The assembly law replaces legislation that required a police permit for public gatherings, but critics complain it contains a range of new restrictions including an outright ban on street marches.
Prime Minister Najib Razak had framed the law as part of a campaign to soften tough rules on security, free speech and assembly as he looks to increase support ahead of elections expected next year.
Najib has defended the legislation, saying it guarantees the right to peaceful assembly.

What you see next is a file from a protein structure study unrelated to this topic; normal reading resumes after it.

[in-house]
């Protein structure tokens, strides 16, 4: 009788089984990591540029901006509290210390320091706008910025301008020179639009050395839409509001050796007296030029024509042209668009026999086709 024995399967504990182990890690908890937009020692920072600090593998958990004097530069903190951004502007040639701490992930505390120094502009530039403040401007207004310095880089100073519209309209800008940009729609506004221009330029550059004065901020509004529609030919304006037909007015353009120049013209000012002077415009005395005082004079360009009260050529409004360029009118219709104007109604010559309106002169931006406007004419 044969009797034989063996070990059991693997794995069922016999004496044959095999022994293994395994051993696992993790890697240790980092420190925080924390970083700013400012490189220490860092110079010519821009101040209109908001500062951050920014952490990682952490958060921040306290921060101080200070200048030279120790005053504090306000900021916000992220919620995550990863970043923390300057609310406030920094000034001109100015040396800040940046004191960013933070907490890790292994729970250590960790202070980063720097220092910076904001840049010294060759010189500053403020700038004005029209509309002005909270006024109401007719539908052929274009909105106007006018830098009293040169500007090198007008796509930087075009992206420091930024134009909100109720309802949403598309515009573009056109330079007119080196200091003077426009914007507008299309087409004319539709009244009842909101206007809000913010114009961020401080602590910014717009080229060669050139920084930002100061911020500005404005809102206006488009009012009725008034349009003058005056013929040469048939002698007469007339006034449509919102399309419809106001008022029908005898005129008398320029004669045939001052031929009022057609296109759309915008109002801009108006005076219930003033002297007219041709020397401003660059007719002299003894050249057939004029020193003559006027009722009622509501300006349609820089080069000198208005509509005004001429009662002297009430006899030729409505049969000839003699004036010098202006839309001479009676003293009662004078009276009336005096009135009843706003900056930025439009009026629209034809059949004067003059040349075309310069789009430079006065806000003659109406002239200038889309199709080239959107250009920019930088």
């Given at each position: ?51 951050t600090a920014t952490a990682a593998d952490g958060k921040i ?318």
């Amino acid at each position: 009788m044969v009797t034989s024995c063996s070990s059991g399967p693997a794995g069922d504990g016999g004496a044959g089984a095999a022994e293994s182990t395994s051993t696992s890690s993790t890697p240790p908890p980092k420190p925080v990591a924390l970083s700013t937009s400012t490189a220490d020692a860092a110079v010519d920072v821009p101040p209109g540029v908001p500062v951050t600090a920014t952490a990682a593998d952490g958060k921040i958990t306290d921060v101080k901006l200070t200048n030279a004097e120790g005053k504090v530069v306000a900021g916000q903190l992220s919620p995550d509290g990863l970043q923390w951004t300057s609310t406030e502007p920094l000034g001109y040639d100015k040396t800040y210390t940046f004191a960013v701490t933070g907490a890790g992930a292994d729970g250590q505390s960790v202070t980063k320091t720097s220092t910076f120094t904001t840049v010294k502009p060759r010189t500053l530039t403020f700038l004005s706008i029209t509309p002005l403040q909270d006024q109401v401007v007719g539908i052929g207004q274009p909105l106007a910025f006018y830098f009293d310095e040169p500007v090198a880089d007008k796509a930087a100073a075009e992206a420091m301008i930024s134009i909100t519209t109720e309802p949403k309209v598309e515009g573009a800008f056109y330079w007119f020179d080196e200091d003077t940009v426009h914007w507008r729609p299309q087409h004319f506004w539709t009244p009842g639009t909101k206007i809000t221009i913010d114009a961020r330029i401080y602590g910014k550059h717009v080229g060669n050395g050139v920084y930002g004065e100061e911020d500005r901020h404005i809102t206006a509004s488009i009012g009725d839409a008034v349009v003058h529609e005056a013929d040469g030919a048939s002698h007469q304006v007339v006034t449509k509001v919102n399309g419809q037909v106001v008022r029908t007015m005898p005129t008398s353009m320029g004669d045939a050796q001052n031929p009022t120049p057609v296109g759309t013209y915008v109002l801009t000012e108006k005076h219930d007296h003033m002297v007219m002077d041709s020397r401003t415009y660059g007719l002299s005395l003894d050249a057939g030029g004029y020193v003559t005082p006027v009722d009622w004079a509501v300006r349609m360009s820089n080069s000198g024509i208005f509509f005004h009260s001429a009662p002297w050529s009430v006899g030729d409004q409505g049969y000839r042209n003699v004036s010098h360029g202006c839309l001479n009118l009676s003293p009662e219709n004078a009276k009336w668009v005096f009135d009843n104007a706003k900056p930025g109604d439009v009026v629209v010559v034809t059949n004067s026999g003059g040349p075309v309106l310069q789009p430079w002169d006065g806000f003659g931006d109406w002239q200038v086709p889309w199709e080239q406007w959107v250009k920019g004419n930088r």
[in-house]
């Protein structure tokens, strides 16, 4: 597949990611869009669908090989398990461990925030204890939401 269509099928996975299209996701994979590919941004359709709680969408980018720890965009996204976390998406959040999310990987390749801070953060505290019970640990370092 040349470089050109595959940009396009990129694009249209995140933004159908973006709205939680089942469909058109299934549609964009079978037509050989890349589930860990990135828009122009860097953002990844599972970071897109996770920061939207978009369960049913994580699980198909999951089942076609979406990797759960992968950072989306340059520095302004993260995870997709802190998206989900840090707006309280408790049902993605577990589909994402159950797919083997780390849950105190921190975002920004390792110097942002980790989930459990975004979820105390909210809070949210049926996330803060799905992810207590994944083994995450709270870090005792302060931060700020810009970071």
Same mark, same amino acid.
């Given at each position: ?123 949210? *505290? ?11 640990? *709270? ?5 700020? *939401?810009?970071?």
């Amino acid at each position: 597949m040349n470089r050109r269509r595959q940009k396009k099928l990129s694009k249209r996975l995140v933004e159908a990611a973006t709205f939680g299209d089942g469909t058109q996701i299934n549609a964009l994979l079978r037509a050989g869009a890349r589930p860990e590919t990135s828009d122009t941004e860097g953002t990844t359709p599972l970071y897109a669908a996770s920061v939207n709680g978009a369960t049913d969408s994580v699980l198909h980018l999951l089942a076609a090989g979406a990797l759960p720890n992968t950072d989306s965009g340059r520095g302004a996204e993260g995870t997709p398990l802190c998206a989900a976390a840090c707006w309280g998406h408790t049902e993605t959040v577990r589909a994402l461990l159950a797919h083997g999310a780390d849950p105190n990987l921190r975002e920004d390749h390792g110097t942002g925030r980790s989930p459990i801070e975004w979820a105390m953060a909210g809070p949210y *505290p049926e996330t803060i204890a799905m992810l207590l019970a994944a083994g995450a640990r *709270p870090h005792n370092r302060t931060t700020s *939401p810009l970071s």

The law allows gatherings to be held in designated places, such as stadiums, without prior notice, while those in other areas would first require police approval.
The law was softened slightly in the wake of the outcry, shortening the amount of notice that assembly organisers must give police to within 10 days of the event, instead of the original 30 days.
But critics including the Bar Council and Amnesty International maintain the act would grant police too much power over the timing, duration, and location of gatherings.